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Russian scientists defy push to cede control

Published March 29, 2007


MOSCOW - The Russian Academy of Sciences, the historic home of Russia's brightest scientific minds, rejected a government demand on Wednesday that it cede more control to the state, and instead adopted a charter that preserves its centuries-old autonomy.

The almost unanimous decision by the academy's general assembly sets up a potential clash with the government, which had told the academy to adopt a charter written by officials in the Education and Science Ministry.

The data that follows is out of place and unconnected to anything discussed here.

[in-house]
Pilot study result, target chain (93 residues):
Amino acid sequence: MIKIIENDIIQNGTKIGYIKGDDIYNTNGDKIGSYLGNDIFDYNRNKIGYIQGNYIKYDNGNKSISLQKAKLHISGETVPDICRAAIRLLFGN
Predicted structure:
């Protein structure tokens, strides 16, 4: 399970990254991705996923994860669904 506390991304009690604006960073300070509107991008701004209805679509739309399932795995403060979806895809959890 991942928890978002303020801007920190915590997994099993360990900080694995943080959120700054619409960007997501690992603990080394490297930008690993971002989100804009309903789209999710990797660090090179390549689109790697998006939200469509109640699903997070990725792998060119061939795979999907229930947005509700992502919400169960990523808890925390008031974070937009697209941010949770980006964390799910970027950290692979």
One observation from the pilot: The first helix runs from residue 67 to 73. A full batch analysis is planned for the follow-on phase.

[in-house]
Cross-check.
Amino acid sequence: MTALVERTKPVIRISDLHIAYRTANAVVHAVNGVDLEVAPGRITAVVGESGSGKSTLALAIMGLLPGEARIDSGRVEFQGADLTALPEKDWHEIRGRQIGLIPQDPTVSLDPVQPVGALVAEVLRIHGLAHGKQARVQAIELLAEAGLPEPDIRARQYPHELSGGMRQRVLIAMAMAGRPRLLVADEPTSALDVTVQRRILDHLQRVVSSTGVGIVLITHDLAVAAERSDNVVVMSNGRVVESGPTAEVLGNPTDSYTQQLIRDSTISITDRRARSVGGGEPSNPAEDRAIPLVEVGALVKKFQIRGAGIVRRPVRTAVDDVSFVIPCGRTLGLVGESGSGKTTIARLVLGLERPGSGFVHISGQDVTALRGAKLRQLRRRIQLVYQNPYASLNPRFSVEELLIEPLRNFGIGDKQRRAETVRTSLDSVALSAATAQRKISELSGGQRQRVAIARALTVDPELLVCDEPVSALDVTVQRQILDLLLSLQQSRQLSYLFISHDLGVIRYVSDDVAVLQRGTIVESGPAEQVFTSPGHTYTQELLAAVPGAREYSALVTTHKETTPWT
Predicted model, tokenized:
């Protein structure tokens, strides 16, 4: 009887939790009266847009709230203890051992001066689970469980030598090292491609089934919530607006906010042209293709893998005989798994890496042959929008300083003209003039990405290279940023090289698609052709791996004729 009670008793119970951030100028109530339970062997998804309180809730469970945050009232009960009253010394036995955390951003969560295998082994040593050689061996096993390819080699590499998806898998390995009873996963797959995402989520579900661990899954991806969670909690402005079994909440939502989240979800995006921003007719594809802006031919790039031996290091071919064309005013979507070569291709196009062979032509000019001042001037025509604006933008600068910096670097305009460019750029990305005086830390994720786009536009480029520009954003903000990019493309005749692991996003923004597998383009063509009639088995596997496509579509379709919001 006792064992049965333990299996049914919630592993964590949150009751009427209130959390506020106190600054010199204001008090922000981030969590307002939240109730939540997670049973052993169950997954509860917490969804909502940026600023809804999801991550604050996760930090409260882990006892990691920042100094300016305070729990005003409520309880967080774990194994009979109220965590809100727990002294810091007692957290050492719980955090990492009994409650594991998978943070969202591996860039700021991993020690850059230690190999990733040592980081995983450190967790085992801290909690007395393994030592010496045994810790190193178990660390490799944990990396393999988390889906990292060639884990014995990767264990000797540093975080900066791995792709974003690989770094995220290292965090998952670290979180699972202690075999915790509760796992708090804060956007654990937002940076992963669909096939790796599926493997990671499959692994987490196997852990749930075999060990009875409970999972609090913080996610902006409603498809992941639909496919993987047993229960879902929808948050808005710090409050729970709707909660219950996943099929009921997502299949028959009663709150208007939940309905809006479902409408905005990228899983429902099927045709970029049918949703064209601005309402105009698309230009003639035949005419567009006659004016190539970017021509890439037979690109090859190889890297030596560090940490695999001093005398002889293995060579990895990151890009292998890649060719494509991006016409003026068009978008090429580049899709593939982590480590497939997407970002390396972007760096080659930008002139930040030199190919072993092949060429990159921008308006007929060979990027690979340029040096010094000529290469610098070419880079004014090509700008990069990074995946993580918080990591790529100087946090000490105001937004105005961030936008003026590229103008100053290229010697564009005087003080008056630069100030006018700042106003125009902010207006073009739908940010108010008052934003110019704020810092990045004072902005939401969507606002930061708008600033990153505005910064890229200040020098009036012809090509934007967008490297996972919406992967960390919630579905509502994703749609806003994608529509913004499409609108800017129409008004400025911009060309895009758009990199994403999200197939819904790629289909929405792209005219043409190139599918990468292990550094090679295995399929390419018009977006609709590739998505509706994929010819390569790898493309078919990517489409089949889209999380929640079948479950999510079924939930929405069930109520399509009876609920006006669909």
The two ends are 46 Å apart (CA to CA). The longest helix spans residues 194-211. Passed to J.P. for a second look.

The government wants to place the academy, which was founded by Peter the Great in 1724, under the management of a supervisory board on which a majority of members would be appointed by parliament and the presidential administration.

To be valid, the new charter must be approved by the government. There was no immediate word on how it planned to respond.

Academy members rejected the government's plan as a threat to independent scientific research and called it part of a broader trend of increasing official control over critical parts of Russian society.

[Last modified March 29, 2007, 01:48:43]

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